Every couple of decades, it seems, there is an anthology of poetry which claims to represent a new direction and new concerns in British poetry. “The Penguin Book of Contemporary British Poetry” is one such, from 1982. Anthologies before and since this one, have included poets who seem to have disappeared without trace. Only in retrospect can we determine who was heralding a new era, or even whether there had been any shift in poetic taste. Does this collection have anything to distinguish it as Every couple of decades, it seems, there is an anthology of poetry which claims to represent a new direction and new concerns in British poetry. “The Penguin Book of Contemporary British Poetry” is one such, from 1982. Anthologies before and since this one, have included poets who seem to have disappeared without trace. Only in retrospect can we determine who was heralding a new era, or even whether there had been any shift in poetic taste. Does this collection have anything to distinguish it as truly different, and modern? It is hard to say, even at this date. One noticeable difference is that poetry from now on is referred to as British. Poetry used to be English, after its language, although categories were created to avoid ambiguity, for instance Scottish poetry, or American poetry. A poet may be both Spanish and Colombian, but a poet from Northern Ireland might either be proud to be British or else resent the label. It is debatable whether the subcategories are always helpful. In fact a claim to newness: to rebirth and rejuvenation, is traceable as far back as William Wordsworth, in his manifesto in the Preface to “Lyrical Ballads”. More recently the critic John Bayley said: “When Ezra Pound said ‘make it new’ he was willing the advent of Modernism, the birth of a consciousness transformed by the disintegrations and realities of the 20th century. But ‘new’ or ‘contemporary’ poetry refers more simply to changes in fashion- recognisably different from the poetry scene a generation ago - that times have changed and required something else to be characteristic of them.” Blake Morrison, and his co-editor Andrew Motion, know poetry’s transitory nature, and that their choices are high-risk: “We are not,” they say, “the first anthologists this century to have made such a claim … in the face of manifesto-making a degree of scepticism is only proper”. They are careful not to emphasise the newness, stating that one of the reasons for including a notable poet in the twenty here, might be their lack of inclusion in the previous such anthology,“The New Poetry” edited by A. Alvarez in 1962. Poetry which will grow and last, is not easily to distinguish at the moment when it is first written and read, from the poetry which has merely jumped on the bandwagon of fashion. Such poetry will be forgotten, left behind, existing only as representing it. It seems as if both kinds are included in this anthology: some great, some lesser. What strikes a reader now is how many Irish poets are included, and this represents the thriving poetic culture in Ireland at the time; a time when the Troubles were at their peak. The editors state: “So impressive is recent Northern Irish poetry, that it is not surprising to find recent discussions of English poetry having to take place in its shadow. This is not the first time this has happened. In 1928, Ezra Pound said that ‘the language is now in the keeping of the Irish’”. Six Northern Irish poets are included, and the editors said that many more could have been. It starts with Seamus Heaney, probably the most famous of these poets, and who is represented by the largest number of poems. Seamus Heaney was an Irish poet, playwright and translator. He has been described as “the most important Irish poet since Yeats”, and “the greatest poet of our age”. In 1995 he was awarded the Nobel Prize in Literature. At the time of his death in 2013, “The Independent” newspaper described him as “probably the best-known poet in the world”. His poems often dealt with Ireland, particularly the locality where he was born and lived until young adulthood. His famous early collection “Death of a Naturalist” (1966) focuses on the details of rural, parochial life. The twenty poems here include several from that collection. Seamus Heaney also spent a significant amount of time writing about the northern Irish bog. “North” (1975), featured mangled bodies preserved in the bog. His later poems also dealt with the Troubles, attempting to put them in a historical context and reveal a wider human experience. Tony Harrison is an English poet, translator and playwright, who is one of Britain’s foremost verse writers. Many of his works have been performed at the Royal National Theatre, and also commissioned by the Metropolitan Company of New York. He has written versions of Greek tragedies, which are savage and abstruse, plus very controversial works such as the poem “V”. There are ten of his poems here, and I particularly like those from the collection “Continuous”, which deal with the lives and deaths of his mother and father. See “Turns”, “Timer”, “Long Distance”. Douglas Dunn is an award-winning Scottish poet, academic, and critic. He worked in Hull University’s Library under Philip Larkin, being friendly with Larkin and admiring his poetry, but not sharing his political opinions. Douglas Dunn went on to become Professor of English at the University of St Andrews in Scotland. There are thirteen of his poems, most of which are quite accessible, and from his debut collection, “Terry Street” (1969), which describes life in the poor Hull community where he and his first wife had first lived. He concentrates on the detail, and everyday objects, from an outsider’s point of view. He was to continue to express his concerns with the British class system increasingly more angrily. He writes in formal metrics and ‘closed’ forms, and in a deliberate manner, contrasting with his left-wing views. Hugo Williams is represented here by seven poems. He is a prizewinning British poet, journalist and travel writer, having published many collections. Hugo Williams is the eldest son of Hugh Williams and the Margaret Vyner, who co-wrote some upper-middle-class comedies in the late 1950s, such as the play and film “The Grass Is Greener”. His younger brother is the actor Simon Williams, and his late sister the actress Polly Williams, who was married to the actor Nigel Havers. His poems here deal with loss and isolation. Derek Mahon is an Irish poet. He was born in Belfast, the only child of Ulster Protestant working class parents. These poems are perhaps the most formal of all in their structure, using received forms of rhythm, metre and line. Some poems rhyme. One, “Lives” is dedicated to Seamus Heaney, and uses the image of bog bodies. I particularly liked “Refusal to Mourn”; a detailed study of an old man living in isolation in an farmhouse. In his style, his verse resembles that of Gerard Manley Hopkins. The Irish landscape is never very far away in these poems. Poems in this collection which can be read on the Net are “Afterlives”, and “A Disused Shed in Co. Wexford”. Michael Longley is another poet from Belfast in Northern Ireland. He was the Assistant Director of the Arts Council of Northern Ireland, and also the Ireland Professor of Poetry from 2007 to 2010. He is an atheist, but describes himself as a “sentimental” disbeliever. Certainly, religious themes are present in much of his poetry. The poems here are also concerned with the ageing process, in particular the deteriotating health of his parents, both mental and physical, and how he relates this to himself. Fleur Adcock is a New Zealand poet and editor. References to characters in Maori tales come into her poetry, although she is of English and Northern Irish ancestry, and has lived much of her life in England. Her poetry is typically concerned with themes of place, human relationships and everyday activities, but has a dark twist. Her poems here include several about cancer, in “The Soho Hospital for Women” which I find quite powerful. Many of the poems concern ordinary mundane events, with a dark edge. Some of her work is highly structured but her more recent work is more free form, and more concerned with the world of the unconscious mind. Anne Stevenson is the American-British poet and writer of over a dozen volumes of poetry, of some books of essays and literary criticism, and of a controversial biography of the American poet Sylvia Plath. Stevenson uses a hearing aid, and several of her poems relate to her experience of deafness. One critic of “The Guardian” said: “To arrive at a true understanding of Anne Stevenson’s poetry, you have to go deep.” I particularly enjoyed two of the poems here from her collection, “Correspondences”. James Fenton is an English poet, journalist and literary critic, and a former Oxford Professor of Poetry. The greatest influence on his poetry, encouraged by John Fuller whilst at Oxford, has been the work of W.H. Auden. Whilst studying at Oxford, Fenton also became a close friend of Christopher Hitchens, whose memoir “Hitch-22” is dedicated to Fenton and has a chapter on their friendship. “The Memory of War”, published the same year as this anthology (1982) ensured his reputation as one of the greatest war poets of his time. Most of these poems are concerned with fear, betrayal, and the desolation and suffering in the aftermath of various wars. They are quite long, and oblique in their meaning. He has said, “The writing of a poem is like a child throwing stones into a mineshaft. You compose first, then you listen for the reverberation.” Tom Paulin is a Northern Irish poet and critic of film, music and literature. He now lives in England - in Oxford, where he has been both a Lecturer in English Literature and a Reader of Poetry. Tom Paulin is among a group of writers from a Unionist background “who have attempted to recover the radical Protestant republican heritage of the eighteenth century to challenge orthodox concepts” of Northern Irish Protestant identity. The poetry in this anthology is passionate and political. He concentrates on the individual, often alienated by their politics or religion. Some of the poems clearly relate to a religious and political execution, or murder, depending on the viewpoint. They are difficult for an outsider to relate to. Those here by Jeffrey Wainwright are all from one sequence, save one. They are also about political and religious persecution and reformation; this time drawing parallels from the 16th century. Sir Andrew Motion is an English poet, and the co-editor of this anthology. When he was 17 years old, his mother had a horse riding accident and suffered a serious head injury. She was in and out of a coma for nine years, then regained some speech, but was severely paralysed. She died in 1978. Andrew Motion has said that he wrote to keep his memory of his mother alive, and that she was his muse. At Oxford University Andrew Motion had weekly tutorials with W.H. Auden, whom he greatly admired. He went on to teach English at the University of Hull, and whilst there he had his first volume of poetry published. He also met and became a close friend of the university librarian and poet, Philip Larkin. He wrote a prizewining biography, “Philip Larkin: A Writer’s Life” (1993), which was responsible for bringing about a substantial revision of Larkin’s reputation. As executor following Larkin’s death, he rescued many of Larkin’s papers from imminent destruction. Andrew Motion was appointed Poet Laureate in 1999, following the death of Ted Hughes. Breaking with tradition, he said that he would stay for only ten years. During this period, Andrew Motion founded the “Poetry Archive”, an online resource of poems and audio recordings of poets reading their own work. Andrew Motion has said of himself: “My wish to write a poem is inseparable from my wish to explain something to myself” and asserts that he aims to write in clear language without tricks. His work combines lyrical and narrative aspects, in what has been called a “postmodern-romantic sensibility”. They include “In the Attic”,“The Legacy” and “One Life”. Several of these poems are about his mother, and one about Anne Frank’s house. I like these poems, and find them very moving. He is a poet whose work I will be searching out. Paul Muldoon is an Irish poet, whom I found almost unfathomable. He has published over thirty collections, won a Pulitzer Prize for Poetry, and has held the post of Oxford Professor of Poetry. His poetry is known for his difficult, sly, allusive style, and its casual use of obscure or archaic words. The wit is understated, and there is punning. One critic in the “New York Times” remarked: “Muldoon takes some honest-to-God reading. He’s a riddler, enigmatic, distrustful of appearances, generous in allusion, doubtless a dab hand at crossword puzzles.” Paul Muldoon’s work is often compared with Seamus Heaney, a fellow Northern Irish poet, friend and mentor to Muldoon, but Muldoon is more of a poet’s poet, with work which is frequently too involved and dense for general readers. Peter Scupham is a British poet. He lives in Norfolk, where he and his wife have restored a small derelict Elizabethan Manor house in Norfolk, where they have put on plays, and created a garden. He also founded “The Mandeville Press”, a small press using traditional letterpress methods of printing, with John Mole. These poems are mostly impressions of Nature. Carol Rumens is also a British poet, who has published many collections. She is the visiting Professor of Creative Writing, teaching at the University of Wales, in Bangor, and the University of Hull. She has been the Poetry Editor for various literary magazines and was elected a Fellow of the Royal Society of Literature in 1984, just two years after this anthology. My favourite in this anthology is “A Poem for Chessmen”. These poems feel like memories, seeming very personal, with at least one relating to the death of her father. Penelope Shuttle is a British poet and playwright and novelist, who lives in Cornwall. She has also written several novels, the first at the age of 20. She was married to the poet Peter Redgrove, and together they wrote the ground-breaking feminist studies on menstruation, “The Wise Wound”, and its sequel, “Alchemy for Women”. Her poems are full of elemental imagery, such as water, earth and, in particular, lightning. I particularly enjoyed the powerful imagery in “The Downpour”. Craig Raine is also an English poet. Along with Christopher Reid, he is the best-known exponent of “Martian” poetry, a movement in British poetry in the late 1970s and early 1980s. This is poetry in which everyday things and human behaviour are described in a strange way, as if by a visiting Martian who does not understand them. “A Martian Sends a Postcard Home” sparked the movement. Although he spent his childhood in what he refers to as a “bookless” home, Craig Raine won a scholarship to a boarding school and went on to Oxford, later becoming a fellow of New College, Oxford, and then a professor. His friend Ian McEwan considers that Craig Raine adopts, “very strong and clear, almost Arnoldian, ideas of literature and criticism”. I find his poems enjoyably direct, and will search out more. Christopher Reid is a Hong Kong-born British poet, essayist, cartoonist, and writer. In 2010, he became the first poet to win the overall “Costa Book of the Year” since Seamus Heaney in 1999. Like Craig Raine, he is an exponent of Martian poetry, employing unusual metaphors to render everyday experiences and objects unfamiliar. In Christopher Reid’s case, he makes word-puzzles, clearly delighting in using language not to reveal new ways of perception, but to create something new. He has worked as poetry editor at Faber, and Professor of Creative Writing at the University of Hull. David Sweetman was a British writer, critic, teacher and broadcaster. He wrote a series of textbooks on teaching English for the British Council in Tunisia, as well as a series of adventure books and biographies for younger African readers to encourage their language skills. In 1971, Sweetman became presenter of “Poetry Workshop,” one of BBC Radio London’s first literary programmes. He interviewed a number of important literary figures for the programme, including Stephen Spender and Lawrence Durrell, subsequently becoming a television documentary director and producer. Of these 5 poems, I quite liked “Looking into the Deep End”. Medbh McGuckian is a poet from Northern Ireland, who adopted the Irish spelling of her name, Maeve McCaughan, when her university teacher, Seamus Heaney, wrote her name that way when signing books to her. Most of the poems here are taken from her first major collection, “The Flower Master” (1982), which explores post-natal breakdown, and was awarded several literary Prizes. Alongside her other work, Medbh McGuckian (with Eiléan Ní Chuilleanáin) has translated ”The Water Horse” (1999), a selection of poems in Irish, into English. Many of the poems in this anthology are not direct, and quite oblique in their meaning. As the editors said, “they have developed a degree of ludic and literary self-consciousness that is reminiscent of the modernists”. Others have recurring themes in some of the poetry; those of deterioration and death, isolation, war and religion; the Irish poets understandably being preoccupied with religious or political poetry. The language may be deliberately confrontational and ugly. The poems I enjoyed most were more direct, with less games-playing. I enjoyed the strong imagery, simile and metaphor in some, and the narrative structure in others. What is clear to me is that the poetry of this time has various concerns. It is not a deliberate attempt to break with the past, but rather, the best of it it builds on what has gone before. The first three: Seamus Heaney, Tony Harrison and Douglas Dunn have extended their boundaries, so that some of their later poems are more complex. Tony Harrison and Douglas Dunn are both from working class backgrounds, and a dominant theme is the isolation from their community. Along with Jeffery Wainwright, they demonstrate an awareness of economic and social differences. It seems that in being poetically articulate, they have become cut off from their roots. It is a type of political poetry, but different from their Irish counterparts. The poems of Penelope Shuttle, David Sweetman and Medbh McGuckian are different again. They may have seemed far-fetched and fanciful in earlier decades, but now seem imaginative and have a confident voice. The juxtaposition of seemingly unrelated words means that in some of these poems, the poet is concerned to create their own world, rather than say something new about the world we inhabit. We feel we do not have essential information, and are left with the impression that the stories are incomplete. Who is telling us this? What is the circumstance, or the motive? And most tellingly, can they be believed? This feels like a new spirit in poetry, and for me its success lies in whether or not I can “buy into” to the author’s thoughts. It is possible to see the poetic antecedents of Seamus Heaney in Robert Lowell and Ted Hughes, or of Douglas Dunn in Philip Larkin, but there are a number of different approaches and tendencies which were yet to develop into “schools”. What unifies this collection is, in the editors’ own words: “the sense of common purpose: to extend the imaginative franchise”.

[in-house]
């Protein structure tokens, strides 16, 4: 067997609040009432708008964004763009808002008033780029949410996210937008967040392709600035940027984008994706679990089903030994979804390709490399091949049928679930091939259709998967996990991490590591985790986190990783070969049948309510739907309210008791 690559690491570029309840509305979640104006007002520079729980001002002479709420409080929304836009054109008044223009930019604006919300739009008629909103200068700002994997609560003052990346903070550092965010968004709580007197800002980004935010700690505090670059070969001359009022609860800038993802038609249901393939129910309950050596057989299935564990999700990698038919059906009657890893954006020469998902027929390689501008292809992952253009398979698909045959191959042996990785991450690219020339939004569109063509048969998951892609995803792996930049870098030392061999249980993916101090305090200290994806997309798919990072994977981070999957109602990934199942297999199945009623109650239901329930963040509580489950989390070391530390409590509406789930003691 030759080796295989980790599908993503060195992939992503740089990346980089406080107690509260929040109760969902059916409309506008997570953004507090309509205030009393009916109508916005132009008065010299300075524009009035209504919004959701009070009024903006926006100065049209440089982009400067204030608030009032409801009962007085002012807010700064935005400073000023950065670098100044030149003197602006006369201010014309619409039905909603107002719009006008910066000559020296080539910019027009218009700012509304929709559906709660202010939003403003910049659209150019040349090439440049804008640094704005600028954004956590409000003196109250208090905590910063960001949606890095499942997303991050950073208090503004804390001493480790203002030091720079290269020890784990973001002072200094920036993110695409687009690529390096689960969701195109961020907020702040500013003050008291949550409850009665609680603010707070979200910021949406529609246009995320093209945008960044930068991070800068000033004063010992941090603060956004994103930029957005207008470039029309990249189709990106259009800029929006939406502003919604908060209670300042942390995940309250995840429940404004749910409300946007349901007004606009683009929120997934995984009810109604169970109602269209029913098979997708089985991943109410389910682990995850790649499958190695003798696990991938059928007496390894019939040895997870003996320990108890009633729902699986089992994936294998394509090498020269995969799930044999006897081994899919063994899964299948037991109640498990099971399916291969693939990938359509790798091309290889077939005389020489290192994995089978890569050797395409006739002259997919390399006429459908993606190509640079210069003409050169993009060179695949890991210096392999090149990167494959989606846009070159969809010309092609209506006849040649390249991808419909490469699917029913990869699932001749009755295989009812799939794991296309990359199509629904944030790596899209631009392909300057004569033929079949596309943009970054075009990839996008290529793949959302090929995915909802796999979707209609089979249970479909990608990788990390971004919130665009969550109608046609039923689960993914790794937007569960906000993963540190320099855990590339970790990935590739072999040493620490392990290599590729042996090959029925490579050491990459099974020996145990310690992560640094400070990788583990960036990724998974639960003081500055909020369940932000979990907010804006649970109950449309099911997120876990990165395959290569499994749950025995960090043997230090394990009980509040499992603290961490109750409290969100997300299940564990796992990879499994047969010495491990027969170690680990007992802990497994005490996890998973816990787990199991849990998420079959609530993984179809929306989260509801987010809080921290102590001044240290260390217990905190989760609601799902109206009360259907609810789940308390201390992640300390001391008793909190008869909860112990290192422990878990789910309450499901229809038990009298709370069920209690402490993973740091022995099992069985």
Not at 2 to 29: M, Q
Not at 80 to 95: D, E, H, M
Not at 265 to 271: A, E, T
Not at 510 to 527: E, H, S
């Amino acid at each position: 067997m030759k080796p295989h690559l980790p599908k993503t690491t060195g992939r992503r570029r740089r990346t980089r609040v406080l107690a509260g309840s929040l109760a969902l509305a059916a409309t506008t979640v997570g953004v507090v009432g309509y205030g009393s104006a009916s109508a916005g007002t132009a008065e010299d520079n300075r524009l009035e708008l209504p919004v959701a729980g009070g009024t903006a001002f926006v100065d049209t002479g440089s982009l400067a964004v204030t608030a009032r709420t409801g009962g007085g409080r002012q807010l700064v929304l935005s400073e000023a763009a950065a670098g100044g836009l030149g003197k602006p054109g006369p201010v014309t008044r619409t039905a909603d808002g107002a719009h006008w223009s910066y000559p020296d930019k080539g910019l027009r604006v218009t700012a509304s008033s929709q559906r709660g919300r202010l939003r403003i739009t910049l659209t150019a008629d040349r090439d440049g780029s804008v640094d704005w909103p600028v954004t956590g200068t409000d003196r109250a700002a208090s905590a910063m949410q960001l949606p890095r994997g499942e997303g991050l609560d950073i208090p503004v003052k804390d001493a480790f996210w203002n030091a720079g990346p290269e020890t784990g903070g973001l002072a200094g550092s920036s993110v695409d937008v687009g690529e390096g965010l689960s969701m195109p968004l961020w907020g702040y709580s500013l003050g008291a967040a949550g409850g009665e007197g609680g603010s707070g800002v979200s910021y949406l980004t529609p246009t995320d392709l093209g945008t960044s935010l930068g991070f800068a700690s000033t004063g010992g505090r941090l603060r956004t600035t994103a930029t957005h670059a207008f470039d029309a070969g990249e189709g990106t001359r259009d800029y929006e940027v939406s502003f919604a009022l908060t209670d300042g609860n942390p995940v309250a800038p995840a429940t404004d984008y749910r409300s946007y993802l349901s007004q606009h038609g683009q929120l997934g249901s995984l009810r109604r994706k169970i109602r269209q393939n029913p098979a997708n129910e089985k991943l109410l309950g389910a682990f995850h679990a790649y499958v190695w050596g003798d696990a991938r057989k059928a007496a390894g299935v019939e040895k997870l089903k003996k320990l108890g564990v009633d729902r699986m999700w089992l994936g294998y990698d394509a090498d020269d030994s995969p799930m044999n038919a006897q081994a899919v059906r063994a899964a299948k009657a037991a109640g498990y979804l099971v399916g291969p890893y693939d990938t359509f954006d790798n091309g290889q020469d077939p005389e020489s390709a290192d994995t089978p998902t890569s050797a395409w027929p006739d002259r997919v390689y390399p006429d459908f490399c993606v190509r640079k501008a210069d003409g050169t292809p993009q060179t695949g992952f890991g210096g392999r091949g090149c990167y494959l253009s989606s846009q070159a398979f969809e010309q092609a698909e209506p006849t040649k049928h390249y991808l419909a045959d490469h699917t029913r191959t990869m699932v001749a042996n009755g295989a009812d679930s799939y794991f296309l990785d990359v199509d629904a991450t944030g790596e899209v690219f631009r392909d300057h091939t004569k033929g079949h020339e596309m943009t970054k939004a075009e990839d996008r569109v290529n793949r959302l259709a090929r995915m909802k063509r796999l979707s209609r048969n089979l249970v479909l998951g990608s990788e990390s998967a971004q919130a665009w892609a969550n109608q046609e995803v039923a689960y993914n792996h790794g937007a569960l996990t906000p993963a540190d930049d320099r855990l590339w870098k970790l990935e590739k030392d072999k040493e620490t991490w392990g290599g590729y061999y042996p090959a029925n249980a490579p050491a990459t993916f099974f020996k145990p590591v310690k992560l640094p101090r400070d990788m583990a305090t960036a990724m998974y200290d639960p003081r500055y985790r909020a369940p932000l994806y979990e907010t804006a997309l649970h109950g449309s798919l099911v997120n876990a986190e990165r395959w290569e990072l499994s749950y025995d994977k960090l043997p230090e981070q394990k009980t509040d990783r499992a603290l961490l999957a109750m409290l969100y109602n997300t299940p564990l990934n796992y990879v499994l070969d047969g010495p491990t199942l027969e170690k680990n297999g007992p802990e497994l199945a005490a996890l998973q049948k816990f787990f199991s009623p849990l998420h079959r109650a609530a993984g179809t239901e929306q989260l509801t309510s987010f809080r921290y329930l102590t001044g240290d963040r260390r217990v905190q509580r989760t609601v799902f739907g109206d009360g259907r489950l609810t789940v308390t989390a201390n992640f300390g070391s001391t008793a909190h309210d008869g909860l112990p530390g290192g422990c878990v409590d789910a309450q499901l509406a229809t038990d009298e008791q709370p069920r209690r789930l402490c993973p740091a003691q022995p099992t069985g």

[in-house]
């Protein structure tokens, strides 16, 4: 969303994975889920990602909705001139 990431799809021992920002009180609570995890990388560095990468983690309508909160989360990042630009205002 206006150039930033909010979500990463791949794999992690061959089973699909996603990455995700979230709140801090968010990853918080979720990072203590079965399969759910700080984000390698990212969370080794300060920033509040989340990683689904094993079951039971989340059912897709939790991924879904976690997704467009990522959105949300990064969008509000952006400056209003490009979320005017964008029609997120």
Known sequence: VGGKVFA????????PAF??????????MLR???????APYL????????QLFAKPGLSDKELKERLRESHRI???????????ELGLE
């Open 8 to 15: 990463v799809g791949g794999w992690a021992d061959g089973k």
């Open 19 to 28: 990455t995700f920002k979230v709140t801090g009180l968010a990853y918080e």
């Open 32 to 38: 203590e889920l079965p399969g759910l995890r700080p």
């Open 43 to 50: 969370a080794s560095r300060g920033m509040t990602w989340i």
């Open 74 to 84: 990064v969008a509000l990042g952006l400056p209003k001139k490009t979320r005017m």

2. 5 out of 5